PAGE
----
Awards and recognition[edit]

In 2020, Thomas was named to the “Enforcement 40” by Securities Docket,[60] and to the “500 Leading Plaintiff Financial Lawyers” by Law Dragon.[61]

In 2019, Thomas was named a “Distinguished Leader” by the New York Law Journal,[62] and a “Top Thought Leader In Trust” by Trust Across America.[63]

In 2018, Thomas was named “Lawyer of the Year” by Taxpayers Against Fraud Educational Fund,[64] a “Plaintiff Trailblazer” by the National Law Journal,[65] an “MVP in Securities Law” by Law360,[66] and was shortlisted for “Plaintiff Attorney of the Year” by Benchmark Litigation.[67]

In 2017, Labaton Sucharow was shortlisted among the Financial Times Most Innovative North American Law Firms List as a "Standout" in the Rule of Law and Access to Justice category and Thomas was specifically identified for his work exposing corporate wrongdoing.[68]

In both 2013 and 2012, the Ethisphere Institute named Thomas to its listing of "Attorneys Who Matter," which recognizes leading practitioners in the world of corporate ethics and compliance.[69]

In 2012, Thomas was named a "Legal Rebel" by the American Bar Association Journal.[2]

While at the SEC, Thomas received four Chairman's Awards, four Division Director's Awards and a Letter of Commendation from the United States Attorney for the District of Columbia.[70]

Thomas was twice awarded the Rear Admiral Hugh H. Howell Award of Excellence.[70]

External links[edit]

References[edit]

  1. ^ a b c d e f g h "Episode 916: The Whistleblower Whisperer". NPR.org. 17:40. Retrieved 2019-05-31.
  2. ^ a b c "Jordan Thomas Wrote the Rules on--and Represents--Whistleblowers". www.abajournal.com. Stephanie Francis Ward. Retrieved 2017-10-31.{{cite web}}: CS1 maint: others (link)
  3. ^ "Labaton's Jordan Thomas splits to form SEC whistleblower law firm". Reuters. Retrieved 2022-01-16.
  4. ^ "Labaton Sucharow Hires Former SEC Attorney Jordan Thomas". Bloomberg.com. 2011-07-12. Retrieved 2017-10-31.
  5. ^ a b c Rubenfeld, Samuel (2011-07-12). "SEC Lawyer Leaves To Help Whistleblowers". WSJ. Retrieved 2017-10-31.
  6. ^ a b c Smith, Randall (2018-03-20). "Once an S.E.C. Regulator, Now Thriving as a Lawyer for Whistle-Blowers". The New York Times. ISSN 0362-4331. Retrieved 2019-05-31.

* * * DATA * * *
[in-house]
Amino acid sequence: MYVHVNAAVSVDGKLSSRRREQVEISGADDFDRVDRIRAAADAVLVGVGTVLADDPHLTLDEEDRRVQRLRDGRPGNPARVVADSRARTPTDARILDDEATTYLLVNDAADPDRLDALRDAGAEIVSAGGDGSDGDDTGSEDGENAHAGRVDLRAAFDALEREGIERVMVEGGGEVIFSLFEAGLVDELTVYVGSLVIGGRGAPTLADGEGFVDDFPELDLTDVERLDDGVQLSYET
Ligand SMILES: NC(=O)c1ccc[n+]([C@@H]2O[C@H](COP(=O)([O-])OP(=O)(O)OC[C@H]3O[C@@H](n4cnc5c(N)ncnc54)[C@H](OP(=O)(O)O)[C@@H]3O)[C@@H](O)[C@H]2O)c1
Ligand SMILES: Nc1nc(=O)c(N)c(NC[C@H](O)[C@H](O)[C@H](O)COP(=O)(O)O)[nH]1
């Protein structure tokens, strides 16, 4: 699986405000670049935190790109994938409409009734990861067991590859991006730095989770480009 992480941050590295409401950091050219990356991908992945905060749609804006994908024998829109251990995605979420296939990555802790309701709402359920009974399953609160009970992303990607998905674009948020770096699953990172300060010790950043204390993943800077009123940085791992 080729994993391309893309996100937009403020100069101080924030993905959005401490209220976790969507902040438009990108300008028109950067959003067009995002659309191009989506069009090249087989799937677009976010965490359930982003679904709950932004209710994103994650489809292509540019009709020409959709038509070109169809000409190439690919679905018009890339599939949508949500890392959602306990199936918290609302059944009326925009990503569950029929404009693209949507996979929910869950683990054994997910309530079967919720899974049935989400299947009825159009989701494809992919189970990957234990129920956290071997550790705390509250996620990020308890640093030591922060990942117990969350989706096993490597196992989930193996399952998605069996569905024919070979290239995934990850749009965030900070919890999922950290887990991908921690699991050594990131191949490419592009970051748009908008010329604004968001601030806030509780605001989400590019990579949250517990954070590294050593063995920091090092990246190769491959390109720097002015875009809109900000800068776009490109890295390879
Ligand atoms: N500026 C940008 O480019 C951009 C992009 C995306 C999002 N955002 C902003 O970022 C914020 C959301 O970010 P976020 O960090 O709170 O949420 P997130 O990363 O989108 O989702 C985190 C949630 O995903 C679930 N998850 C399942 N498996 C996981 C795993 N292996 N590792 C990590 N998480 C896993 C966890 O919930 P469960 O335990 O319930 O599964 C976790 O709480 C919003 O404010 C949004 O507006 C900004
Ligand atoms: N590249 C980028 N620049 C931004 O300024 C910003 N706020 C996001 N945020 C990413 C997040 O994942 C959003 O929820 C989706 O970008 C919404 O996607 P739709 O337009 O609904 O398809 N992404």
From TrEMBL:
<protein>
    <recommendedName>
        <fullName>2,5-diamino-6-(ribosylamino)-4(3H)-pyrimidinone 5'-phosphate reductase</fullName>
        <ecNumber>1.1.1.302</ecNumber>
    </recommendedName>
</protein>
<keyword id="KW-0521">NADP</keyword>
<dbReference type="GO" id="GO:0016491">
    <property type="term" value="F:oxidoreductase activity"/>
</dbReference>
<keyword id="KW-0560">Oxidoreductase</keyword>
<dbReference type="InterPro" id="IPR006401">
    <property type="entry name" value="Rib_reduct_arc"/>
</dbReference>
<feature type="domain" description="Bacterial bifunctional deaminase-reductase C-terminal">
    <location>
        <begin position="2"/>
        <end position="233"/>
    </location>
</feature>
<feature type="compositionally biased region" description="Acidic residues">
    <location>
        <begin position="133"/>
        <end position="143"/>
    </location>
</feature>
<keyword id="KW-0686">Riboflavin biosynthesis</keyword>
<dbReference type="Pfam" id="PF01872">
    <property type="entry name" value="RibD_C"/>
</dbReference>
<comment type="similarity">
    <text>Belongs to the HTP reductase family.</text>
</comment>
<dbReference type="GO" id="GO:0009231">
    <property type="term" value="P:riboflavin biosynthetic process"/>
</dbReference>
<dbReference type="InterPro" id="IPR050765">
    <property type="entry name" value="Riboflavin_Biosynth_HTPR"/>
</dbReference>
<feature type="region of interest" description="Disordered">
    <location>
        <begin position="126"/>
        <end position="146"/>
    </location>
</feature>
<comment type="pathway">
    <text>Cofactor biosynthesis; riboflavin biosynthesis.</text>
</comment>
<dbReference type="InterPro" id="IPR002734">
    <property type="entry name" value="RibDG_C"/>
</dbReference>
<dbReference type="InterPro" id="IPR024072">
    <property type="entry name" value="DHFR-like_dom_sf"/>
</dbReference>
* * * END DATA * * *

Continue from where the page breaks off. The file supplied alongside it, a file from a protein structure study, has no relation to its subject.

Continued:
7. ^ Wolfe, Jan (July 13, 2011). "Q&A with Jordan Thomas, Outgoing SEC Enforcement Lawyer and Labaton Sucharow's New Whistleblower Practice Chief" (PDF). Labaton Sucharow.
  8. ^ "Senior SEC Attorney Joins Labaton Sucharow To Launch Whistleblower Practice: An Architect of Revolutionary Enforcement Programs Joins Firm Widely Regarded for Commitment to Reform". www.labaton.com. Retrieved 2017-10-31.
  9. ^ "Ex-Labaton Team Forms Firm For SEC Whistleblowers". Law360. Retrieved 2022-02-23.
  10. ^ "Jordan A. Thomas Sets Up SEC Whistleblower Shop at Labaton - Report SEC Fraud". Retrieved 2017-10-31.
  11. ^ "Bernie Madoff's Legacy: Whistleblower Inc". Retrieved 2020-12-15.
  12. ^ "SEC Can Turn Most-Trusted Execs Into Whistleblowers - Report SEC Fraud". Retrieved 2017-10-31.
  13. ^ "Ex-Visium trader tells New York jury how he turned whistleblower". Reuters. 2017-01-12. Retrieved 2017-11-01.
  14. ^ "SEC Gives More Than $600,000 to Whistleblower in Retaliation Case - Report SEC Fraud". Retrieved 2017-10-31.
  15. ^ "Hedge fund settles SEC case over whistleblower retaliation". Reuters. 2014-06-17. Retrieved 2017-11-01.
  16. ^ "SEC Accuses Firm of Whistleblower Retaliation - Report SEC Fraud". Retrieved 2017-11-01.
  17. ^ Elstein, Aaron. "SEC fines firm for punishing a whistle-blower". Crain's New York Business. Retrieved 2017-11-01.
  18. ^ "J.P. Morgan Will Pay $307 Million to SEC, CFTC for Failing to Disclose Conflicts - Report SEC Fraud". Retrieved 2017-11-01.
  19. ^ "Labaton Chases Whistleblower Record In JPMorgan Case - Report SEC Fraud". Retrieved 2017-11-01.
  20. ^ "J.P. Morgan to Pay $307 Million to Settle Charges of Pushing Proprietary Strategies - Report SEC Fraud". Retrieved 2017-11-01.
  21. ^ Popper, Nathaniel (2015-12-18). "JPMorgan to Pay $307 Million for Steering Clients to Own Funds". The New York Times. ISSN 0362-4331. Retrieved 2017-11-01.
  22. ^ a b c "SEC Sanctions Database - Report SEC Fraud". Retrieved 2017-11-01.
  23. ^ "SEC.gov | J.P. Morgan to Pay $267 Million for Disclosure Failures". www.sec.gov. Retrieved 2017-11-01.
  24. ^ "Bank of America to Pay $415 Million to Settle SEC Probe - Report SEC Fraud". Retrieved 2017-11-01.
  25. ^ a b "Merrill Lynch to pay $415 million for misusing customer cash: SEC - Report SEC Fraud". Retrieved 2017-11-01.
  26. ^ "Bank of America Pays $430M in Settlement for Misusing Customers' Cash - Report SEC Fraud". Retrieved 2017-11-01.
  27. ^ "BofA to Pay $415 Million Over Claims It Misused Client Funds - Report SEC Fraud". Retrieved 2017-11-01.
  28. ^ Moyer, Liz (2016-06-23). "Bank of America to Pay $415 Million to Settle S.E.C. Inquiry". The New York Times. ISSN 0362-4331. Retrieved 2017-11-01.
  29. ^ "SEC.gov | Merrill Lynch to Pay $415 Million for Misusing Customer Cash and Putting Customer Securities at Risk". www.sec.gov. Retrieved 2017-11-01.
  30. ^ "SEC.gov | Customer Protection Rule Initiative". www.sec.gov. Retrieved 2017-11-01.